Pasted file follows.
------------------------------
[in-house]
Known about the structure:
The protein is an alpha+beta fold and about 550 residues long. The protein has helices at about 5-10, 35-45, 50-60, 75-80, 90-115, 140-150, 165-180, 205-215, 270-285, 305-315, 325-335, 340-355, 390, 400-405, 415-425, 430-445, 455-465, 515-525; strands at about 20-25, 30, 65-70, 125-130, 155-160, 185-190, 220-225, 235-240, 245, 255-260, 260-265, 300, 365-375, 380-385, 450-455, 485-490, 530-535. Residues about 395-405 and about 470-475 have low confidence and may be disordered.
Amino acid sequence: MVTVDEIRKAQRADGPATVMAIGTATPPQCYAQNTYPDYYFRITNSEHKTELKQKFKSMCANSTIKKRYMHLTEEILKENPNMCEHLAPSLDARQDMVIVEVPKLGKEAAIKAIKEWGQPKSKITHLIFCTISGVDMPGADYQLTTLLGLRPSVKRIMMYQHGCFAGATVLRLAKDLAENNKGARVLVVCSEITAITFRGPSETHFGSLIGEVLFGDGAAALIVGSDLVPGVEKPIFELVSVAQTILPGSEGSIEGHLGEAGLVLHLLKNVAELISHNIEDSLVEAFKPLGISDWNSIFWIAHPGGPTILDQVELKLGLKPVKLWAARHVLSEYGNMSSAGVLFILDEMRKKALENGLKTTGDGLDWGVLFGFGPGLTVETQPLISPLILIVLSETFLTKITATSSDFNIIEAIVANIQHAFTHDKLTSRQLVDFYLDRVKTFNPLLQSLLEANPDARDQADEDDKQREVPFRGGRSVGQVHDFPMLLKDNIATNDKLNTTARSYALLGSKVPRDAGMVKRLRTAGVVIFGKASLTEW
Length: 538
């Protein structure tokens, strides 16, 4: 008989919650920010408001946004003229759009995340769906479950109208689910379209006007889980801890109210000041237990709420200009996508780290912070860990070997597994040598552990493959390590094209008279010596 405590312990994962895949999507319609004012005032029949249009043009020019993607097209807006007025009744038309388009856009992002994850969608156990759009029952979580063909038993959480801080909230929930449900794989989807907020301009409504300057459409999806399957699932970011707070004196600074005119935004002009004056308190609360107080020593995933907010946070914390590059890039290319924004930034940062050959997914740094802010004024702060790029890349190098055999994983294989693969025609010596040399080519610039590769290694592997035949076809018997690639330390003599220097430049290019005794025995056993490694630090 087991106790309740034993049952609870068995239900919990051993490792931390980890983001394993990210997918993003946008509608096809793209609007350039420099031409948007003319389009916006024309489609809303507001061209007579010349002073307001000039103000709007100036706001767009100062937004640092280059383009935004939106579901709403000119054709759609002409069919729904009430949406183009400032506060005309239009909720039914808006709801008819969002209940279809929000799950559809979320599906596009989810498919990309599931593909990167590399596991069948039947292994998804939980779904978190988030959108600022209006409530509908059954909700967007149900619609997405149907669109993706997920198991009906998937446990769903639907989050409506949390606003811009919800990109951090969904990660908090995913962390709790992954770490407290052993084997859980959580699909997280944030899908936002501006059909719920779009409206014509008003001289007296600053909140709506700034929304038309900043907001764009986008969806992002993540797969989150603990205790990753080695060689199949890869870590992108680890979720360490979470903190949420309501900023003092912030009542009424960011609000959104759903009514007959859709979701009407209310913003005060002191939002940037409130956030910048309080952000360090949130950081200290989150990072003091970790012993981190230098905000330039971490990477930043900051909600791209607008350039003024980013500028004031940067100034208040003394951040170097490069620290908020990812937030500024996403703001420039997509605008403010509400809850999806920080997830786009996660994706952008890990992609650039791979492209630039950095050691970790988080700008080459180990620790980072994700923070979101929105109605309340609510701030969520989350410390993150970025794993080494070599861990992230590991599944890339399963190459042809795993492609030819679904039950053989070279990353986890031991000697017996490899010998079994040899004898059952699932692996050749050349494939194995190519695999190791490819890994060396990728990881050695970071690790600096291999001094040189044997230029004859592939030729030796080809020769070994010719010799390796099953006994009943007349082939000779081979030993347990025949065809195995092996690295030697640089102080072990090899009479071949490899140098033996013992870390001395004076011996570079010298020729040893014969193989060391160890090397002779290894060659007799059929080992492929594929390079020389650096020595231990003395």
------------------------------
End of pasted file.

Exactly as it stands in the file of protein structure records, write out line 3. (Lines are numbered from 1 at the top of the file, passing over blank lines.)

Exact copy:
The protein is an alpha+beta fold and about 550 residues long. The protein has helices at about 5-10, 35-45, 50-60, 75-80, 90-115, 140-150, 165-180, 205-215, 270-285, 305-315, 325-335, 340-355, 390, 400-405, 415-425, 430-445, 455-465, 515-525; strands at about 20-25, 30, 65-70, 125-130, 155-160, 185-190, 220-225, 235-240, 245, 255-260, 260-265, 300, 365-375, 380-385, 450-455, 485-490, 530-535. Residues about 395-405 and about 470-475 have low confidence and may be disordered.